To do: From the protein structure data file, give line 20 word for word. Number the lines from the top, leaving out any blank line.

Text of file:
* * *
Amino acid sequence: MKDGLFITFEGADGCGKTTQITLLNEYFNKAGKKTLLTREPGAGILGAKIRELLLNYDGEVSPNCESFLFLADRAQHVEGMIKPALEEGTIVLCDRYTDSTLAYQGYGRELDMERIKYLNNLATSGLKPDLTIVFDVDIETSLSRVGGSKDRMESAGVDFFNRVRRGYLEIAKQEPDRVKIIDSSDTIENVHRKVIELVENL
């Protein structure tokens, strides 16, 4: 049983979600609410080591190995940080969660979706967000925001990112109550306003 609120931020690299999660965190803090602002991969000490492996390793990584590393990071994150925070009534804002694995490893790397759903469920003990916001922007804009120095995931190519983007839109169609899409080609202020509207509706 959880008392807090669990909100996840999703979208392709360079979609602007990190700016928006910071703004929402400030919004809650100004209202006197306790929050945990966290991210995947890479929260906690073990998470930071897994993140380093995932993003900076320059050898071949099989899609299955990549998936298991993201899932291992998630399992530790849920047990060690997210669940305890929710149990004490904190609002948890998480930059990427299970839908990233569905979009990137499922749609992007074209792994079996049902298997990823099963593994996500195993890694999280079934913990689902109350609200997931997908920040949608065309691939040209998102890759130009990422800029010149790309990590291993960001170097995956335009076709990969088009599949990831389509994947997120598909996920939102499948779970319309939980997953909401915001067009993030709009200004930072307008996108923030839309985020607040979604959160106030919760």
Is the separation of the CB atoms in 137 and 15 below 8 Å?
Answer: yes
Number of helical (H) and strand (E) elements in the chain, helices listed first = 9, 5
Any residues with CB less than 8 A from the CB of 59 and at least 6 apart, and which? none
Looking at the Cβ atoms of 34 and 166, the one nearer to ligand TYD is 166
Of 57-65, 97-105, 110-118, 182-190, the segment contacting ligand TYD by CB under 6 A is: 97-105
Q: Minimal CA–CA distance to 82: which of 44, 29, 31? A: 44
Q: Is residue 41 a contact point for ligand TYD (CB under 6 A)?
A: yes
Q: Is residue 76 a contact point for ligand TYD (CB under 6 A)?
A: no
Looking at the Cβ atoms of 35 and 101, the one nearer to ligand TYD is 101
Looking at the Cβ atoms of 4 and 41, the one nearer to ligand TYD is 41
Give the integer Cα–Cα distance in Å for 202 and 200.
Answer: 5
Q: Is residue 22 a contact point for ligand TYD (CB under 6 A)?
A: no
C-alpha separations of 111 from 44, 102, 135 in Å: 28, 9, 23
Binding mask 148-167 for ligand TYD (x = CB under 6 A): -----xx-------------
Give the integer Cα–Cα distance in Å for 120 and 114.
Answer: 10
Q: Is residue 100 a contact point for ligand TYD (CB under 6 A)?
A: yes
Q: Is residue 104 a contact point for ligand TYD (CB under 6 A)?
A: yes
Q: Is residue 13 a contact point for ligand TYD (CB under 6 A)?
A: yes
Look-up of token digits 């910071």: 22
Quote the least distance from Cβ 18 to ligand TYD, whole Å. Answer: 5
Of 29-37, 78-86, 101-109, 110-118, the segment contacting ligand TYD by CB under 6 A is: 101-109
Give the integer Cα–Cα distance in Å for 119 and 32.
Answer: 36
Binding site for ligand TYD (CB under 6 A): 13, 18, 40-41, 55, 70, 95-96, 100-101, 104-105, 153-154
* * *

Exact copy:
C-alpha separations of 111 from 44, 102, 135 in Å: 28, 9, 23